Lula left the presidency in 2011 to earn big money on the lectures circuit, much in the fashion of former US Presidents Bill Clinton and Obama.
Whatever Lula’s political guilt and responsibility for the wholesale corruption that characterized not only the PT, but every bourgeois party in Brazil, the methods used to prosecute him have been characterized by a complete contempt for democratic rights within the Brazilian ruling establishment and its state apparatus.
“Crusading” prosecutors have employed arbitrary detentions, perp walks and illegal phone bugs—including bugging law firms’ phones on the theory that lawyers were “collaborators” of their indicted clients, and, most notoriously, a phone call between Lula and his successor as president, Dilma Rousseff.
The corrosion of democratic forms of rule in Brazil has rapidly accelerated since the world capitalist crisis first hit the country with full force in 2013.
Rousseff was impeached in 2016 on trumped up charges of budget manipulation in order to intensify austerity measures about which the PT held tactical reservations, above all fearing they would provoke a social explosion. The takeover by Michel Temer, Rousseff’s vice-president and impeachment conspirator, failed to tackle the country’s worst economic crisis in a century, and the government has thus far proven unable to push through a pension “reform” which is key to its austerity agenda.
As Lula’s lead in the presidential campaign widened—and Temer’s crisis deepened—questioning of the investigations against the ex-PT president began to emerge in the media. The financial daily Valor ran a high-profile article on January 22 titled “Jurists see flaws in Lula’s conviction,” signaling the expectation that the TRF-4 panel would have at least one dissenting justice, opening the way for Lula’s appeals to higher courts and a possible election win.
Similarly, the BBC reported on the morning of the appeals court decision that the Eurasia Group had sent international investors a letter advising that a unanimous decision by the TR-4 panel was highly unlikely and that the court’s decision would have “zero say on Lula’s future.” Folha de São Paulo, for its part, published an editorial on the same morning declaring that “the case involves complex evidence and that is why it is going through a second evaluation, which won’t be the last.” Folha, Valor and the Eurasia Group were at this point cautiously preparing international and national investors to once more consider Lula as the best-suited candidate to preside over Brazil’s explosive social inequality.
All this was dropped 24 hours later, with the media bowing to the stock market, which saw a 3.72 percent rally in the hours after the appeals court decision, reaching an all-time high. Folha in its January 25 editorial did an about-face, stating, “Facts, in their complexity, resist any attempt by the defense to portray Lula as innocent.” Within 24 hours, eliminating Lula from the election by means of an upheld conviction that renders him ineligible under Brazilian law had become an accomplished fact.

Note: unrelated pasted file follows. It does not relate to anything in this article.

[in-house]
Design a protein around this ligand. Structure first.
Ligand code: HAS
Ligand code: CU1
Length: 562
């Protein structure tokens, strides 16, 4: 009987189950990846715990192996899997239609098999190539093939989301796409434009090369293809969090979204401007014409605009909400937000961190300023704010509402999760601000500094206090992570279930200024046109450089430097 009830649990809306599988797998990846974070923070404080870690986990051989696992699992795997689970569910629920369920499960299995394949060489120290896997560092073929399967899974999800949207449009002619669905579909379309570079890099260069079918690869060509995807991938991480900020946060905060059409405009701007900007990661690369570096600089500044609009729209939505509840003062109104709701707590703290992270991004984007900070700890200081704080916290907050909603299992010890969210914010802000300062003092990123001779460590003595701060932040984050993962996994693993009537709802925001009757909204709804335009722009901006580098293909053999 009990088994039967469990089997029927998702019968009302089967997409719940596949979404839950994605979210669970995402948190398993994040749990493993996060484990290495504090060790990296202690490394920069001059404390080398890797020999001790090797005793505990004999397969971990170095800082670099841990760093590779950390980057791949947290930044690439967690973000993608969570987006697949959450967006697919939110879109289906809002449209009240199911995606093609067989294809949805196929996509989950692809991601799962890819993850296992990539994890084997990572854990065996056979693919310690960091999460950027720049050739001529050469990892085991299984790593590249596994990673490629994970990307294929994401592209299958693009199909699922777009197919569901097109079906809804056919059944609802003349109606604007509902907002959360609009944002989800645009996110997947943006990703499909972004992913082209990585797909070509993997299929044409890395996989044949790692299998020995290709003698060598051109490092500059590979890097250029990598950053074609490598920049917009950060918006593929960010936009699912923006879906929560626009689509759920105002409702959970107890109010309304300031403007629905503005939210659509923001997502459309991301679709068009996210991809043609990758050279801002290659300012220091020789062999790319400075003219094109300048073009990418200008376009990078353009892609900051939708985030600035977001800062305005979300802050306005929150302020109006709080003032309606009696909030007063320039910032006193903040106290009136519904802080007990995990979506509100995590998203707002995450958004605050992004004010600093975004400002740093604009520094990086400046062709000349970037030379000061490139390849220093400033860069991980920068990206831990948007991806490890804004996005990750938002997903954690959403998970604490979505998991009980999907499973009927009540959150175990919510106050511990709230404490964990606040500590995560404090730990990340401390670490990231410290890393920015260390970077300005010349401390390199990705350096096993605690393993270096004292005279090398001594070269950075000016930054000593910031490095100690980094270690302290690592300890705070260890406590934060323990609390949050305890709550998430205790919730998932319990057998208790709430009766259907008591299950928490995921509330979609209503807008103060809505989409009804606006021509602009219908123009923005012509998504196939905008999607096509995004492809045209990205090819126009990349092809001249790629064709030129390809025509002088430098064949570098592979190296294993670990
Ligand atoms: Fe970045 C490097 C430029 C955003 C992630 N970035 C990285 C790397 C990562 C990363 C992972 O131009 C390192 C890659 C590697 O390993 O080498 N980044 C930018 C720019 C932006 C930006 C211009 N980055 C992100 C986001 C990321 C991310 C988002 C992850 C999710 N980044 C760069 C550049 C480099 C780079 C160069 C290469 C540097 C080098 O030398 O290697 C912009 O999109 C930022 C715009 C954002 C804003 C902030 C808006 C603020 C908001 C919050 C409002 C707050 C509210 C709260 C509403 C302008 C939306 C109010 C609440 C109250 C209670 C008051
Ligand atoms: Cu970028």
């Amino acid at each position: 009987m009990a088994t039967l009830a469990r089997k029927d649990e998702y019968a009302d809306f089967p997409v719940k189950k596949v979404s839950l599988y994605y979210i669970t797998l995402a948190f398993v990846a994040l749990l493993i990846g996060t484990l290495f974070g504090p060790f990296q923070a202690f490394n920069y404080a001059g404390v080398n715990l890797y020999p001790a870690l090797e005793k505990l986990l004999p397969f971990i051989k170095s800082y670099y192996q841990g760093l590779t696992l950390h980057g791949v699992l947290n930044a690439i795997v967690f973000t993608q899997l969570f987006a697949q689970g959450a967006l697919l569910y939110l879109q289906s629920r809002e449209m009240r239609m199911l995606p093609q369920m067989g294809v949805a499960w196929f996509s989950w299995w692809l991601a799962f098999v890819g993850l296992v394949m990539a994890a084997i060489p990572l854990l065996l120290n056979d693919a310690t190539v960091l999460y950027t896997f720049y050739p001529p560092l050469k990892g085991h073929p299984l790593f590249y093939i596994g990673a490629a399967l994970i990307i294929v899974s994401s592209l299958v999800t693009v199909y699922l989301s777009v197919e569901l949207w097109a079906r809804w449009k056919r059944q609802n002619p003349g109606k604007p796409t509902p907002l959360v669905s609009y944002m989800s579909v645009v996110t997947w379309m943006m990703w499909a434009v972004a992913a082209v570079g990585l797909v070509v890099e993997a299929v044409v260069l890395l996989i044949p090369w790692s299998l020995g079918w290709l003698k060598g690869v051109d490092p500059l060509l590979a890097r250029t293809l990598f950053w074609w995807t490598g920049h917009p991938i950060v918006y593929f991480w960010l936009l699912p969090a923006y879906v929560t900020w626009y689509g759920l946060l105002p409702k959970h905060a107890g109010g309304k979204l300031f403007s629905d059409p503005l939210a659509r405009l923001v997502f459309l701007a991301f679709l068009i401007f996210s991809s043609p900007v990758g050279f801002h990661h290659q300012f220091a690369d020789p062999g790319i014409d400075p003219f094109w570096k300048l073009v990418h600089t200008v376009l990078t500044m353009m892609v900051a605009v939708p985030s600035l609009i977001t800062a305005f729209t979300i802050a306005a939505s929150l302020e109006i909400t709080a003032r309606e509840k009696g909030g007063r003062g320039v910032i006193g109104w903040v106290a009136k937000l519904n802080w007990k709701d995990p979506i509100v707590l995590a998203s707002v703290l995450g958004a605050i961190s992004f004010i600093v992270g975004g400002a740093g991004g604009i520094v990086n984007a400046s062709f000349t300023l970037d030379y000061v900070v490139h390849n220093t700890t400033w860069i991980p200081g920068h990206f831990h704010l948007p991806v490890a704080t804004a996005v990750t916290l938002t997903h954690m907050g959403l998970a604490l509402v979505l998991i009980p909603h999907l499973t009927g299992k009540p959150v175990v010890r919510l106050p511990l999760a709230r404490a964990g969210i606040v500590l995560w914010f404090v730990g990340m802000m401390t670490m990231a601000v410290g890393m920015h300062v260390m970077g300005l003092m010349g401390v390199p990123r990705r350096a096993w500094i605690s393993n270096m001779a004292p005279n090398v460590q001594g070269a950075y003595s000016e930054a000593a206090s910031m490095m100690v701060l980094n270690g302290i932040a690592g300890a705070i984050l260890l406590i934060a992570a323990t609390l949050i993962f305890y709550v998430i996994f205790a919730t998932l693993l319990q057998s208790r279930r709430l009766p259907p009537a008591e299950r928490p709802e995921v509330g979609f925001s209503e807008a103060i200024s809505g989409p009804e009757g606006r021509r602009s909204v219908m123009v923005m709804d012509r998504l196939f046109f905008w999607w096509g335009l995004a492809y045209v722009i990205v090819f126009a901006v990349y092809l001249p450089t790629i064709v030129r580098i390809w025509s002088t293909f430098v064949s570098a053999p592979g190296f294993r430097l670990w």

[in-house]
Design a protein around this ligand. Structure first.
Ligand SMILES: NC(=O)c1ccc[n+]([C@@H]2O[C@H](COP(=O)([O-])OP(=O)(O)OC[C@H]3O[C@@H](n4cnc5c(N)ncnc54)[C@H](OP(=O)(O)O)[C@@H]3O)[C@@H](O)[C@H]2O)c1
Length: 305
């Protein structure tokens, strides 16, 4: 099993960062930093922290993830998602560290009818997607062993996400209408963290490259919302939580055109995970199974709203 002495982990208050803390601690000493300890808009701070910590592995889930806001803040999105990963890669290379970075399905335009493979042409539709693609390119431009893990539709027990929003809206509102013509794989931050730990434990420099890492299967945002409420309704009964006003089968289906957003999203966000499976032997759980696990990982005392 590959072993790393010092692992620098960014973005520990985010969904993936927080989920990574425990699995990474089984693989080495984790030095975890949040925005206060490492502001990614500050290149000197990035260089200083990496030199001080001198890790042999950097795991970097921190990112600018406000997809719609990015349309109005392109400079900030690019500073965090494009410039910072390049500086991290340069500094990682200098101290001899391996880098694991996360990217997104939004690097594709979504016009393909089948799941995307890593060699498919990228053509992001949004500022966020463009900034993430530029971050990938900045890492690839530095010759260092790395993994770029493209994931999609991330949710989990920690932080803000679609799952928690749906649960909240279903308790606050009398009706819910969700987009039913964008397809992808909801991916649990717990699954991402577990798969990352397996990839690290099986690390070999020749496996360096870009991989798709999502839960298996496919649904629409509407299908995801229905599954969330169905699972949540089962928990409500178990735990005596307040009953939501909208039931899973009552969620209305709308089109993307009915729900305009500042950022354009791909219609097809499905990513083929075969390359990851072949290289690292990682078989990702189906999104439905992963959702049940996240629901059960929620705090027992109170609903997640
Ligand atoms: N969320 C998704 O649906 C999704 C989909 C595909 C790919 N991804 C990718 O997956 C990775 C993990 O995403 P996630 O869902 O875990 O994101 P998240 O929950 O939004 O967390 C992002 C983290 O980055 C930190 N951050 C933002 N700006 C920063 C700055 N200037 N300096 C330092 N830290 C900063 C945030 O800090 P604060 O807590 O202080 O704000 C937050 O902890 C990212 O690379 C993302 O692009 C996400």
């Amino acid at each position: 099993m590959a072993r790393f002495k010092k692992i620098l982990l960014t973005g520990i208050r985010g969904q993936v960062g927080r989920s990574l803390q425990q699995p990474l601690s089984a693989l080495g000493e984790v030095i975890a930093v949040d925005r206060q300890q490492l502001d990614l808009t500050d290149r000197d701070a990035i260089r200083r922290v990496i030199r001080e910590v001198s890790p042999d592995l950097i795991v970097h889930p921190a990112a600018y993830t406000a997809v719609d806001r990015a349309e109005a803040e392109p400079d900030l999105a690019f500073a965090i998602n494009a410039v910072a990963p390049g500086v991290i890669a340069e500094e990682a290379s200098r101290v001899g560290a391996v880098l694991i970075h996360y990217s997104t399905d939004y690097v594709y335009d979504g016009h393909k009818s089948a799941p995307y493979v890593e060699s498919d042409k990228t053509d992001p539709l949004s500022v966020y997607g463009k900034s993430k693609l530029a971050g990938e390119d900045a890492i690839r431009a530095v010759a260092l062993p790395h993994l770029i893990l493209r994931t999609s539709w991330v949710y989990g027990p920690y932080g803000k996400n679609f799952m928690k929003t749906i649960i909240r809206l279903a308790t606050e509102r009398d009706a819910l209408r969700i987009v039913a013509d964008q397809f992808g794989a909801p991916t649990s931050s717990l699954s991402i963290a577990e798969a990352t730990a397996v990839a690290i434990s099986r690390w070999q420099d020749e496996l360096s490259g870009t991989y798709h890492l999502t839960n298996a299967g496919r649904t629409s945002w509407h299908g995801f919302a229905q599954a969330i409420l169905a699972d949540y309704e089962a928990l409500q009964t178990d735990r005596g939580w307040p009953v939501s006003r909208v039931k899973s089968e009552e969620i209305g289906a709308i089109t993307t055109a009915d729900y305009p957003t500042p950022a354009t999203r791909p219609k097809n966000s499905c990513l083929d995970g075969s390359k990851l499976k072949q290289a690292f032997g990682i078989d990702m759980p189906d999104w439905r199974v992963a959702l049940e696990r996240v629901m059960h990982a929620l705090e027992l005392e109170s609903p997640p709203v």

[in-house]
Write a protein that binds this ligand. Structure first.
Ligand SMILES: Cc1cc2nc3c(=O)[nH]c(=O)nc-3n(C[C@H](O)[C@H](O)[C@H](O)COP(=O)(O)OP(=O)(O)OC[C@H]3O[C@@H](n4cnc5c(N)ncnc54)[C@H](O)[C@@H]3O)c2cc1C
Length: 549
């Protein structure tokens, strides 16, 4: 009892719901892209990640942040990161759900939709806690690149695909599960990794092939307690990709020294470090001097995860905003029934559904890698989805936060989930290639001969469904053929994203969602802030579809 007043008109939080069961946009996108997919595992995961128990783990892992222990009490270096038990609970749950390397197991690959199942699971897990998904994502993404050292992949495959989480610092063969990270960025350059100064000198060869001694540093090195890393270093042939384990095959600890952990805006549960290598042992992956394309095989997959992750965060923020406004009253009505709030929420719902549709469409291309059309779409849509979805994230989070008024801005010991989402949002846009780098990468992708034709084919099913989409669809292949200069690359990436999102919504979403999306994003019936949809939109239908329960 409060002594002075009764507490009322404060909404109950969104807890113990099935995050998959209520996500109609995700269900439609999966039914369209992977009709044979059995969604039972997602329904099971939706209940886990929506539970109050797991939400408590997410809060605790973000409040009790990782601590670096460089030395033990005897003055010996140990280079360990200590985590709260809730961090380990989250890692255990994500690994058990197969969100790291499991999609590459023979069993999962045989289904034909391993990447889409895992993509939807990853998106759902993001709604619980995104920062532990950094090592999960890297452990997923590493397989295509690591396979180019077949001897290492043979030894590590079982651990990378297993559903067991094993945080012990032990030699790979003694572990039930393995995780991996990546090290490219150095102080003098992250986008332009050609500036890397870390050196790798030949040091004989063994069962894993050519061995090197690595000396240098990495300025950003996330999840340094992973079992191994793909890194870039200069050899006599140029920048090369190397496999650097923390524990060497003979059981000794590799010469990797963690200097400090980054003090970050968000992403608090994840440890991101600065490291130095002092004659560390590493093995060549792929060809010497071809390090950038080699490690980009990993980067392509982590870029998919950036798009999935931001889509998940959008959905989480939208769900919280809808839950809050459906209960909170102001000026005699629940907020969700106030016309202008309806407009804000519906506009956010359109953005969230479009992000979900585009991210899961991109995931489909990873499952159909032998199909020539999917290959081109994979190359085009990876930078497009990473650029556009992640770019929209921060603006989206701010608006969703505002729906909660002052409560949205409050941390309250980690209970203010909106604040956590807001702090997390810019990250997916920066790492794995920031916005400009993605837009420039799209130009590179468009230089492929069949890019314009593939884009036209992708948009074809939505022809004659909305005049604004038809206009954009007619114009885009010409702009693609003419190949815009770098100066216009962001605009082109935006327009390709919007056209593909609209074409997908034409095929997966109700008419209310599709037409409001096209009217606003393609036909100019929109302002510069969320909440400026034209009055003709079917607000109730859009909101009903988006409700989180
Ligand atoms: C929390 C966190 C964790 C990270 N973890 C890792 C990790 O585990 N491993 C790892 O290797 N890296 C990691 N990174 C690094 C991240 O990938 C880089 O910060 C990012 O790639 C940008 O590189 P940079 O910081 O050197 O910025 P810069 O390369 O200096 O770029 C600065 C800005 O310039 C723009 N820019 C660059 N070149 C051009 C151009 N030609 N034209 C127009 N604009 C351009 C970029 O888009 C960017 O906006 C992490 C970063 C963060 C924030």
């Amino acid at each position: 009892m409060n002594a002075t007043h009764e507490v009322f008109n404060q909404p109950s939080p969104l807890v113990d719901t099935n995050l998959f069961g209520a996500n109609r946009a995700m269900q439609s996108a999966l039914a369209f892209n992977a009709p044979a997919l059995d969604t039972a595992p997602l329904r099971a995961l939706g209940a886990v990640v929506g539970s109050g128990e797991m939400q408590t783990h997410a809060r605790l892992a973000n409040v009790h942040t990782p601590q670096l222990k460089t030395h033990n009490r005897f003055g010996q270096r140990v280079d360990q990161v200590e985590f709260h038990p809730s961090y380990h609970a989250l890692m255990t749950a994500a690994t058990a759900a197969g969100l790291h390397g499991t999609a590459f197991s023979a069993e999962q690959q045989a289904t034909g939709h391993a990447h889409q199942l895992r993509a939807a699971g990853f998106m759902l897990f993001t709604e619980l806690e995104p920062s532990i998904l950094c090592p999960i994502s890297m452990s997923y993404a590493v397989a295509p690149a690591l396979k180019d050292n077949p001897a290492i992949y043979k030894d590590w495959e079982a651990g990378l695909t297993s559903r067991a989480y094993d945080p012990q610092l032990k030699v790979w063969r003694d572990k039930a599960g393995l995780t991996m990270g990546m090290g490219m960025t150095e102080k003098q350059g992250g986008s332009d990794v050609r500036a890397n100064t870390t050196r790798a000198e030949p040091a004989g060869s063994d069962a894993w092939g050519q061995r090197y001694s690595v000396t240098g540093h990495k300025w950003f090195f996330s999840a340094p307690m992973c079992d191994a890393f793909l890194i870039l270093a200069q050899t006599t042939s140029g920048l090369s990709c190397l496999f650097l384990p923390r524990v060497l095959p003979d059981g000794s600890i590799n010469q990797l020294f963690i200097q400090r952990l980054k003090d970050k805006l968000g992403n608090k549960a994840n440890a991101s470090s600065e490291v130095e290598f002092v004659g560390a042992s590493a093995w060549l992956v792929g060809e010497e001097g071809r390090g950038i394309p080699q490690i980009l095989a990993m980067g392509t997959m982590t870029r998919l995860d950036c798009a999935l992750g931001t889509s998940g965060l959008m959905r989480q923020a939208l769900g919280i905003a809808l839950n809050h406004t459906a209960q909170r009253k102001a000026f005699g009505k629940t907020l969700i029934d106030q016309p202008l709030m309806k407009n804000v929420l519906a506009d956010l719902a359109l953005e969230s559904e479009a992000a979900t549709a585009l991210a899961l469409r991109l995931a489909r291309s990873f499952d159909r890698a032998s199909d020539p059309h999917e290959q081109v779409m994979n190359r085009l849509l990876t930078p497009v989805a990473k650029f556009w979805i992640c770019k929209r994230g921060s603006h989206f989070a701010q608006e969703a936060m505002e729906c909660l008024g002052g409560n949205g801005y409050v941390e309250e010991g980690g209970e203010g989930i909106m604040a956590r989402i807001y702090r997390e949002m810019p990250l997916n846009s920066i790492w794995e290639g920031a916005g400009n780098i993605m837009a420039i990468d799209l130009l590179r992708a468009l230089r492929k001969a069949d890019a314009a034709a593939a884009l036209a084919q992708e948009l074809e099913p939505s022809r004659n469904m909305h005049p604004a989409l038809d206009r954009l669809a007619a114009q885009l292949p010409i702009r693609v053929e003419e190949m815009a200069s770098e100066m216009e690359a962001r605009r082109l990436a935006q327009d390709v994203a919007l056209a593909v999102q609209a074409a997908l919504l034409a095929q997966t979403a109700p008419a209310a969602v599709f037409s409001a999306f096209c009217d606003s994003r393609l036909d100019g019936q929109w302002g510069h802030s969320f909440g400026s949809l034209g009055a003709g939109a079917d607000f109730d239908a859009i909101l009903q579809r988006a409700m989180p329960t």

The Lava Jato operation, and Rousseff’s impeachment, have been used by Brazil’s desperate bourgeoisie to push the whole political system far to the right. This includes not only the press, but also Lula and the Workers Party, which accepted the impeachment drive with no attempt to mobilize workers against it. Since then, they have worked with the unions to impose a straitjacket on the working class in order not to jeopardize Lula’s electoral ambitions, even as labor “reforms,” privatizations and the rolling back of environmental and other regulations have devastated conditions of life for the working population.
Despite his lip service to workers at rallies organized by his oligarchic allies around Brazil, Lula placed his true confidence in national and international capital to free him from the corruption conviction
These hopes were not unfounded. In its response to the appeals court decision, the Financial Times of London published an editorial titled “Lula’s conviction will not make Brazil great again,” warning that “the many opponents of Lula are mistaken in their joy. Brazil, one of the most unequal countries in the world, needs a strong, center-left party like the PT.”
Such a strategy, based on preserving the interests of Brazilian and foreign capital, inevitably demands further shifts to the right. Lula’s promise to subject Temer’s “reforms” to referendums should be seen in the light of Syriza’s referendum on austerity in Greece, laying the groundwork for a similar fraud and betrayal should he be given a third term.
As late as December, all the talk about a “left turn” by the PT notwithstanding, Folha de S. Paulo reported discussions within the party about inviting Luiz Trabuco, CEO of Bradesco, Brazil’s largest bank, to serve as Lula’s running mate.